Principals lack training to deal with autism
Most primary school principals dealing with autistic children have received no training in the condition, according to a survey.
The survey of 210 principals by the Irish Primary Principals' Network (IPPN) found that over 70 per cent of principals had to skip the question on training in autism because they, or their staff, had received none.
Pat Goff of the IPPN said the lack of support offered to schools and the increased workload for principals were responsible for the fact that half the principals surveyed who had set up classes for autistic children say they will not do so again.
The classes involve the children receiving one-to-one attention before being slowly integrated into mainstream education.
The principals found that 60 to 70 per cent of their time was dedicated to the set-up period. A lack of support from the health boards in providing necessary back-up services was also identified as a cause for concern.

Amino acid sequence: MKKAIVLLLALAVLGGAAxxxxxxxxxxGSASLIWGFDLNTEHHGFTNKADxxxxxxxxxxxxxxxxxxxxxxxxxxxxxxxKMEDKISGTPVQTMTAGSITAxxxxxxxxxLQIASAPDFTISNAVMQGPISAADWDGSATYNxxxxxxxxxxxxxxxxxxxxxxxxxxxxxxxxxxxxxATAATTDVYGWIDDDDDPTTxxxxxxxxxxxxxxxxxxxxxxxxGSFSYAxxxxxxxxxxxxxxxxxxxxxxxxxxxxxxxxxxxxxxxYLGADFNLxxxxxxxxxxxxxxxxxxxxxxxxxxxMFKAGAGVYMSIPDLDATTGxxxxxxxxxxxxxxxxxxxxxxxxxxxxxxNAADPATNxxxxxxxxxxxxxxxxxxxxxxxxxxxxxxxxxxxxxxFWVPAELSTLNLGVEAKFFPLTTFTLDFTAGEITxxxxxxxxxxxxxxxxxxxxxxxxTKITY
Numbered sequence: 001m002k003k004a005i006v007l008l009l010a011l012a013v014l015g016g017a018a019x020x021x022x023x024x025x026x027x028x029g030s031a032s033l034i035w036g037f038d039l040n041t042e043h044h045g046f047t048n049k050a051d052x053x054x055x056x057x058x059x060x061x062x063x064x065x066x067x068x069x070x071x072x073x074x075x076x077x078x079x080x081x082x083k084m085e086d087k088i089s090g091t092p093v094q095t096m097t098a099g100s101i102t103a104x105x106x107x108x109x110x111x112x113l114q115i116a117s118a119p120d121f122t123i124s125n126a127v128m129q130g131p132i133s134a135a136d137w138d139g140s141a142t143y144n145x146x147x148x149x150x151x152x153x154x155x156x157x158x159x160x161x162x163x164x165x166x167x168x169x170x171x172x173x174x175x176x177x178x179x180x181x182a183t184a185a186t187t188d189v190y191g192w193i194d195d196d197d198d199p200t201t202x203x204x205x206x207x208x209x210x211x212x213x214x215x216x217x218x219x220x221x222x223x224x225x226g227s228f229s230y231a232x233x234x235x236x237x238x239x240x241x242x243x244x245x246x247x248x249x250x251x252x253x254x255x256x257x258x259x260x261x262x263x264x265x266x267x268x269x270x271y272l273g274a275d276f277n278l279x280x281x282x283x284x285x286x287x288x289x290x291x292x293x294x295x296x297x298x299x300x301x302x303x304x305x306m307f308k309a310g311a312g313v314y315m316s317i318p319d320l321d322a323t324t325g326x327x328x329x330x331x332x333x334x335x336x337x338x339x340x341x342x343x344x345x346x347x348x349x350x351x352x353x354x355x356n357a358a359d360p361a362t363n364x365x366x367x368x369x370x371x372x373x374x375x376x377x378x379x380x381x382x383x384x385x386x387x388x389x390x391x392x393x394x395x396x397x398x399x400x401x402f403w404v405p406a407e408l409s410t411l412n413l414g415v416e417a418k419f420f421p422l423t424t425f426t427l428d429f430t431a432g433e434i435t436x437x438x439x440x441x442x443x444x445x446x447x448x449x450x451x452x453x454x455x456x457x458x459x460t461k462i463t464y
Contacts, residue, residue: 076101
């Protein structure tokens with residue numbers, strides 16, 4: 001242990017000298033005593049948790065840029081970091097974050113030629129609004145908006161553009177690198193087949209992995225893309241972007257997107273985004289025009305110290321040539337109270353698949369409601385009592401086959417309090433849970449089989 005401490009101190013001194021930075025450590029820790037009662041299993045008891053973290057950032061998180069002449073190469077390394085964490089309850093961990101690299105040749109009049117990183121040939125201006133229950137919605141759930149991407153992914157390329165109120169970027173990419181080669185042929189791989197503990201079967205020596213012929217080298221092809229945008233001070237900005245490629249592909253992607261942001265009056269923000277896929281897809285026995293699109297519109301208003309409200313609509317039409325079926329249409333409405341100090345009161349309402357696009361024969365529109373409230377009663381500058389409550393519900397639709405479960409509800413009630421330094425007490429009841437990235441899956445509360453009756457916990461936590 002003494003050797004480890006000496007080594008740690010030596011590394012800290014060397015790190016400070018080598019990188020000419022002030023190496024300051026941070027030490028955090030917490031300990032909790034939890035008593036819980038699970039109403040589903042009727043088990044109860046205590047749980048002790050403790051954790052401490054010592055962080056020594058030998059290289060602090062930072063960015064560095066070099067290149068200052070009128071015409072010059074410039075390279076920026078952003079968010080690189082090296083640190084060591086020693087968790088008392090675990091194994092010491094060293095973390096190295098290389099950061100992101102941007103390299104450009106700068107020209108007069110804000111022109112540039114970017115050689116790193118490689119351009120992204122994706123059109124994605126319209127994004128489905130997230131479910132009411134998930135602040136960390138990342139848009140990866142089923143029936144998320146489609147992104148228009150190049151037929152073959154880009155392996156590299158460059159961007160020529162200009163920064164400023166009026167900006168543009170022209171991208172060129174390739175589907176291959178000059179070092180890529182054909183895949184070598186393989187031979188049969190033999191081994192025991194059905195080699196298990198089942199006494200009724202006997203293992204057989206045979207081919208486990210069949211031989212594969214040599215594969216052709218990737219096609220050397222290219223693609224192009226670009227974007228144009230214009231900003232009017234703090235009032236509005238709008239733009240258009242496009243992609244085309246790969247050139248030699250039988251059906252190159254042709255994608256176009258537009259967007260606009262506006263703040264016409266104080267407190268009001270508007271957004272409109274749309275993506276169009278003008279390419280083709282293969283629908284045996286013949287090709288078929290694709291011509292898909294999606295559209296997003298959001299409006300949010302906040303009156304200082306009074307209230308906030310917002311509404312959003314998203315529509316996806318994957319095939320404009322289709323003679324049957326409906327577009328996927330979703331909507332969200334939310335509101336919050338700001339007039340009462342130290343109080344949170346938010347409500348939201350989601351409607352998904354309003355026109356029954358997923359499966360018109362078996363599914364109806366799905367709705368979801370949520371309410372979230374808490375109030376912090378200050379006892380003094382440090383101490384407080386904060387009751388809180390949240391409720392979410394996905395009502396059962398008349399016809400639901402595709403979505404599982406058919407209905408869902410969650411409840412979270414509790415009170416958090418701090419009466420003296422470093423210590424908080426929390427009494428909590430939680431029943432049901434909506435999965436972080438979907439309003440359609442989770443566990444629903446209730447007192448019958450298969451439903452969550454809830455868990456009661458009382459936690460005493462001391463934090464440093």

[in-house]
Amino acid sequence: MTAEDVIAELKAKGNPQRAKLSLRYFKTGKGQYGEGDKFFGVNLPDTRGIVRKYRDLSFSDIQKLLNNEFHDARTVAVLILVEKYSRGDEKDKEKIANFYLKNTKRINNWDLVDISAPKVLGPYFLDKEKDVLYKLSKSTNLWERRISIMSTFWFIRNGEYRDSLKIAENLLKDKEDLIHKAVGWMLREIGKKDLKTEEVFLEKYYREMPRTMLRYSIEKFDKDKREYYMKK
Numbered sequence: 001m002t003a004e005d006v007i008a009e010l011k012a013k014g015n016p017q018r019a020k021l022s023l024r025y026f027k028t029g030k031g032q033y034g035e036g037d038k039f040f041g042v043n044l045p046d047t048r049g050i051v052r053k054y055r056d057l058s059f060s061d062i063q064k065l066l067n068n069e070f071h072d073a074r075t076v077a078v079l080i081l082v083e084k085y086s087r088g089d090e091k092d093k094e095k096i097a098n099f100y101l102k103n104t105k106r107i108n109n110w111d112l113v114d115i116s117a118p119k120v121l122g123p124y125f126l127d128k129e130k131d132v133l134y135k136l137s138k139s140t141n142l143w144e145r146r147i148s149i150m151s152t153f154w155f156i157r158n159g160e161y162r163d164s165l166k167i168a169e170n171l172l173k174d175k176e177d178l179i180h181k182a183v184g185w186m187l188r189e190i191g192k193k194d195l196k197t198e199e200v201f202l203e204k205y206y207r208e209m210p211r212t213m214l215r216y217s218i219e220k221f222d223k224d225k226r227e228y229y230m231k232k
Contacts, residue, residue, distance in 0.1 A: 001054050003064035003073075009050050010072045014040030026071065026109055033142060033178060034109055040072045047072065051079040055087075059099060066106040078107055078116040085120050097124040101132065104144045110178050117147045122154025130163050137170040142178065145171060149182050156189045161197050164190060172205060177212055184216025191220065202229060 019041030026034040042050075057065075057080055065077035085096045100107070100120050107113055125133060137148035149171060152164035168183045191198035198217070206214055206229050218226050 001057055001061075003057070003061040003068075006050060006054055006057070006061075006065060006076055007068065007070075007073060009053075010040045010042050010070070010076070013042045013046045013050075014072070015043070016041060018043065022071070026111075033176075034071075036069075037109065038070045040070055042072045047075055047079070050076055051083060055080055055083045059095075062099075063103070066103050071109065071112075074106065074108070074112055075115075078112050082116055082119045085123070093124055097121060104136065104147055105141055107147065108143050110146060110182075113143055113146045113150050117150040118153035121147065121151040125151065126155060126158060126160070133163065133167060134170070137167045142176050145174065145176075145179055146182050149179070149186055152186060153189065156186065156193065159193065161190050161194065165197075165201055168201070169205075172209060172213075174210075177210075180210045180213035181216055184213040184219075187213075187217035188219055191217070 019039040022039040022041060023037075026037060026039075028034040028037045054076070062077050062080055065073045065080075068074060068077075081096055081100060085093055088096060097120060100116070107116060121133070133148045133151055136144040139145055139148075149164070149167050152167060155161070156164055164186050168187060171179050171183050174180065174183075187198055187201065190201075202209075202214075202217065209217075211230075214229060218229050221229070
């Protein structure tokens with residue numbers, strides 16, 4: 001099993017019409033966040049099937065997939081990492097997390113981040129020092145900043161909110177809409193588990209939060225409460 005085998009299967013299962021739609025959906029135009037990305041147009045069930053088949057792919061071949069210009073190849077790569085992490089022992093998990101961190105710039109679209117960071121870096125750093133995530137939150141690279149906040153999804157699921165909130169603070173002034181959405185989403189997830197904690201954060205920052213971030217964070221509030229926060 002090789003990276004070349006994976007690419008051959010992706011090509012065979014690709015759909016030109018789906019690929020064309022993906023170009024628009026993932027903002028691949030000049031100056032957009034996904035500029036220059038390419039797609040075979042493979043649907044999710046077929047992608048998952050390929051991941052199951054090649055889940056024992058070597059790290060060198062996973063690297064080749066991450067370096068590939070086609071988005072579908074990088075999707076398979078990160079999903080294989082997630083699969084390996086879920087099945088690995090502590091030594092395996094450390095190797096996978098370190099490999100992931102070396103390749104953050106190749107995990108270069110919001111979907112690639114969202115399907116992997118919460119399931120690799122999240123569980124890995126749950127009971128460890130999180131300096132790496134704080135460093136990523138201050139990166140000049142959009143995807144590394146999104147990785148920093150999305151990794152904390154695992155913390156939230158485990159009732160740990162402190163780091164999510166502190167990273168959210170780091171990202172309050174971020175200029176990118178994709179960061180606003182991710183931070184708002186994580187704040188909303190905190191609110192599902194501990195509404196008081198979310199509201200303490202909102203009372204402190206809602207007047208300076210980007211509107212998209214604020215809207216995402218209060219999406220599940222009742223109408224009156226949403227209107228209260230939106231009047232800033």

"For a lot of principals you are effectively on your own when you set up an autism class. It becomes an uphill battle to access the services that should be available to children. Almost two-thirds of your time could be given to the autism unit at the expense of the rest of the school which then suffers," said Mr Goff.
In a recent presentation to the Department of Education, the IPPN recommended a co-ordinated approach that could be implemented by all schools. It focuses on six key areas.
Accommodation - permanent classroom, time-out room, multi-sensory room, multi-purpose room and outdoor play areas are needed.
Staffing - permanent teaching positions with a pupil-teacher ratio of 4:1; a home-school community liaison teacher; and one-to-one attention from a special needs assistant.
Resources - an annual budget for outside consultants and educational resources.
Supports - regular psychological service; a speech and language therapist; occupational therapist; access to play and music therapists, interdisciplinary team to support each school.
Advice centre - the provision of support; a central bank of resources; schools to ascertain training needs of teachers and provision of training courses.
Administration - all schools with special units to have an administrative principal; all new units to have a lead-in period where staff receive some training prior to pupils' arrival.